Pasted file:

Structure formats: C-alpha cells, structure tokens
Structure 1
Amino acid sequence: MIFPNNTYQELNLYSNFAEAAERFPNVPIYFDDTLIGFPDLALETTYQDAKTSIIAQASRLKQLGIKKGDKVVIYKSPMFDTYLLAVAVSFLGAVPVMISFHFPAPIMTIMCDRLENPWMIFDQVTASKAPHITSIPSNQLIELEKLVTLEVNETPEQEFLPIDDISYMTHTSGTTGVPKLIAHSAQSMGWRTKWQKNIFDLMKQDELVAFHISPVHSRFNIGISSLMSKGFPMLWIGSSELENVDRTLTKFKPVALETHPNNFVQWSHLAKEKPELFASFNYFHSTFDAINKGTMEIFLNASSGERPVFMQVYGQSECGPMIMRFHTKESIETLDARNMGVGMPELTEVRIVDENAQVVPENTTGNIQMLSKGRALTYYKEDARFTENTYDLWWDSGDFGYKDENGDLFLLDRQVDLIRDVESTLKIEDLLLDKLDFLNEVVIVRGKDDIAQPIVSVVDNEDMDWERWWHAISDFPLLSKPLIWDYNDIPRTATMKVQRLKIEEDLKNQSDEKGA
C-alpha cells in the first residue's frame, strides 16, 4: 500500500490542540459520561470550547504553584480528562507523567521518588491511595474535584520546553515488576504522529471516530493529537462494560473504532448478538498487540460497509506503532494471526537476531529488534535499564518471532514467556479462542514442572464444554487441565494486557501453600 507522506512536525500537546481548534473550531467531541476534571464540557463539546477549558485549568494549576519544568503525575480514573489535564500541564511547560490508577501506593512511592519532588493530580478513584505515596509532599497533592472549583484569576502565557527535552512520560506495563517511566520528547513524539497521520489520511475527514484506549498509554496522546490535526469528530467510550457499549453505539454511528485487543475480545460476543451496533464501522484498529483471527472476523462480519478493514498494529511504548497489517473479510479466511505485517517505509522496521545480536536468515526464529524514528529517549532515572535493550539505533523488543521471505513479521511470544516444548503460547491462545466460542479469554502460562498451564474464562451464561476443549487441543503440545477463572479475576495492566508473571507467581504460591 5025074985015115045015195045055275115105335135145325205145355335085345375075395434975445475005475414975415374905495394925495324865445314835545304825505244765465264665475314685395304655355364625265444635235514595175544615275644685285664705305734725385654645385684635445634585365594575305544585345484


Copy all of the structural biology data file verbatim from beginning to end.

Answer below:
Structure formats: C-alpha cells, structure tokens
Structure 1
Amino acid sequence: MIFPNNTYQELNLYSNFAEAAERFPNVPIYFDDTLIGFPDLALETTYQDAKTSIIAQASRLKQLGIKKGDKVVIYKSPMFDTYLLAVAVSFLGAVPVMISFHFPAPIMTIMCDRLENPWMIFDQVTASKAPHITSIPSNQLIELEKLVTLEVNETPEQEFLPIDDISYMTHTSGTTGVPKLIAHSAQSMGWRTKWQKNIFDLMKQDELVAFHISPVHSRFNIGISSLMSKGFPMLWIGSSELENVDRTLTKFKPVALETHPNNFVQWSHLAKEKPELFASFNYFHSTFDAINKGTMEIFLNASSGERPVFMQVYGQSECGPMIMRFHTKESIETLDARNMGVGMPELTEVRIVDENAQVVPENTTGNIQMLSKGRALTYYKEDARFTENTYDLWWDSGDFGYKDENGDLFLLDRQVDLIRDVESTLKIEDLLLDKLDFLNEVVIVRGKDDIAQPIVSVVDNEDMDWERWWHAISDFPLLSKPLIWDYNDIPRTATMKVQRLKIEEDLKNQSDEKGA
C-alpha cells in the first residue's frame, strides 16, 4: 500500500490542540459520561470550547504553584480528562507523567521518588491511595474535584520546553515488576504522529471516530493529537462494560473504532448478538498487540460497509506503532494471526537476531529488534535499564518471532514467556479462542514442572464444554487441565494486557501453600 507522506512536525500537546481548534473550531467531541476534571464540557463539546477549558485549568494549576519544568503525575480514573489535564500541564511547560490508577501506593512511592519532588493530580478513584505515596509532599497533592472549583484569576502565557527535552512520560506495563517511566520528547513524539497521520489520511475527514484506549498509554496522546490535526469528530467510550457499549453505539454511528485487543475480545460476543451496533464501522484498529483471527472476523462480519478493514498494529511504548497489517473479510479466511505485517517505509522496521545480536536468515526464529524514528529517549532515572535493550539505533523488543521471505513479521511470544516444548503460547491462545466460542479469554502460562498451564474464562451464561476443549487441543503440545477463572479475576495492566508473571507467581504460591 5025074985015115045015195045055275115105335135145325205145355335085345375075395434975445475005475414975415374905495394925495324865445314835545304825505244765465264665475314685395304655355364625265444635235514595175544615275644685285664705305734725385654645385684635445634585365594575305544585345484